I commute to work every day for approximately two hours, round trip. Roughly an hour of that time is spent chatting it up with my almost four year old daughter, talking about her day, how her obsession with Princess Elsa is getting out of hand, and I get to listen to her talk to herself, embarking on outstanding backseat adventures, birthed from her lively imagination.
Once alone, I find myself replaying my calendar in my head, grocery list planning, and trying to get a grasp on the day ahead, or reflect on the day that just passed. I spend a lot of time thinking about my daughter.
These thoughts lead me to think of her life now—at nearly four years old, and the sunshine that she brings to my life. The kid is always happy. Always.
I often wonder how she manages, and then I step back and realize—she’s three! What does she have to be unhappy about? She doesn’t pay bills, work doesn’t stress her out, and she doesn’t have a calendar to keep, except to know that dance classes happen on Tuesdays (obviously, Tuesdays are the best days in her world).
We can all take some advice from this mini-person. She seems to have it all together, so where did we lose that? Well…we grew up. This list serves as some life lessons I have learned, in watching the life of a three year old unfold, and the things she has taught me.
Life Lessons We Could Learn From Kids
1. Mind your manners.
Why do we teach our kids manners? So they’re not rude when they grow up. We don’t like rude people, so we teach our kids to mind their manners. There are rarely times when not using manners is acceptable.
The problem is that through the years, many of us forget this important life lesson. It’s true—you get further with honey than you do vinegar (our readers are kind of awesome, so I’m guessing none of you really have this problem☺).
2. Sometimes, the answer is as simple as ice cream.
Sound silly? It’s pretty simple, actually. Ice cream is muy delicioso, and is a wonderful reward for not only kids, but us!
Get a promotion at work? Ice cream. Going through a breakup, and managed not to text him or her once in the last week? Ben & freakin’ Jerrys. Adopted from the Humane Society instead of buying a puppy? Ice cream.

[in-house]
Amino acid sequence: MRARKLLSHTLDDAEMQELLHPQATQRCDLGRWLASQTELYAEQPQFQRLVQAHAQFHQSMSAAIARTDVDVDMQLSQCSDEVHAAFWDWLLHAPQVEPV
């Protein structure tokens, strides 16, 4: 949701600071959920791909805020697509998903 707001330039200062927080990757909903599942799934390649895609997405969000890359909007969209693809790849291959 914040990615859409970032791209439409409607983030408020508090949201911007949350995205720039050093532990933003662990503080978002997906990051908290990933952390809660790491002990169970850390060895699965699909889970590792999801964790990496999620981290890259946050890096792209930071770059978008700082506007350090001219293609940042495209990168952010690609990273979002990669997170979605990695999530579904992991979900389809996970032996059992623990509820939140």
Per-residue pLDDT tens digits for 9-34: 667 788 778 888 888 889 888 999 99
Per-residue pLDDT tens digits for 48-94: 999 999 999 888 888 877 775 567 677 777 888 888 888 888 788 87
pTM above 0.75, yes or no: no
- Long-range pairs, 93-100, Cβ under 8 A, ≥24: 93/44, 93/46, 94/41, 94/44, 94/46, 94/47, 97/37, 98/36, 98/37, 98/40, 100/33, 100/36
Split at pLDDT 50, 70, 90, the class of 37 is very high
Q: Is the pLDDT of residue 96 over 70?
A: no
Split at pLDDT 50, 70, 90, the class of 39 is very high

Sharing 101 for adults is simple: be generous and kind. This may not mean you absolutely must share your sandwich that you take to lunch, even though you see a coworker eating a candy bar (that one’s on them!).
It can, however, mean that if you observe someone struggling, you should help them out.
Volunteer. Share your time and you will be rewarded. Open doors for the elderly. Take your shopping cart back to the cart bay instead of leaving it outside to slam into people’s cars.
You may not get anything out of it besides feeling good about yourself, but that is always more than enough.
4. Don’t be cruel.
Why is it we teach this to our kids, and then we see nothing but violence in the news? I can’t go any further with this one because it really hurts my heart.
Always keep others in mind. If it seems like the cruel route, it’s definitely the wrong route.
This goes along with being kind, and the Golden Rule. Do unto others…
Dance as if no one is watching! Kids do this all the time…we should really take the hint! They live their lives with no hang-ups, and they have a blast doing it. Plus, it’s good for you!
So the next time you’re in the mall, and that catchy Meghan Trainor song comes on, shake it. Shake it, own it, and sing along. It’s contagious. People may look at you like you’re crazy, but I guarantee you’ll put a smile on their face!
6. Stop resisting, start creating.
Sure, my daughter loves to paint, color, and get messy, but as adults, it’s also important for us to tap into that creativity.
Have you ever been to a family gathering where there are kids, and sat down and colored with them? Even if you’re hanging with them for five minutes, it’s an amazing five minutes of nostalgia and carefree fun.
If that doesn’t seem like your cup of tea, find another creative outlet. Even those who aren’t very right brained still have the ability to release creativity. Maybe you’re a writer, or a singer. Hey, maybe you just really like to rearrange the furniture.
Whatever it is, create, and you’ll be surprised at the stress that is relieved, and how much better you can feel by employing your creativity.
7. Find strength in discovering.
Discover new things. Just because you’re an adult doesn’t mean you can’t feel that same sense of excitement that you had when you were a kid and saw your first big fireworks display, or your first movie date without the parents.
Related: How To Raise Happy Kids
Let yourself feel awe in response to new things, and always stay a student! Our brains are sponges, and life is short. Always learn and be on the lookout for new discoveries. Don’t allow yourself to get complacent. If you feel like you are in a rut, seek out something new.
Most of the time, we take ourselves way too seriously. Kids are pretty simple, and they follow a strict set of guidelines for success in their young lives. As we get older, life gets far more complicated, and we have way too many things going on at the same time. Let your inner child shine, and we’ll all be able to muddle through the complexities of life with a little more grace, and hopefully a lot more fun.
Audra Dittlinger is a contributor for Inspiyr.com, as well as a full-time working mom living in rural Indiana. She is an insurance professional with a Bachelor of Arts in English. She writes to create, inspire, and empower.
Photo by 7ns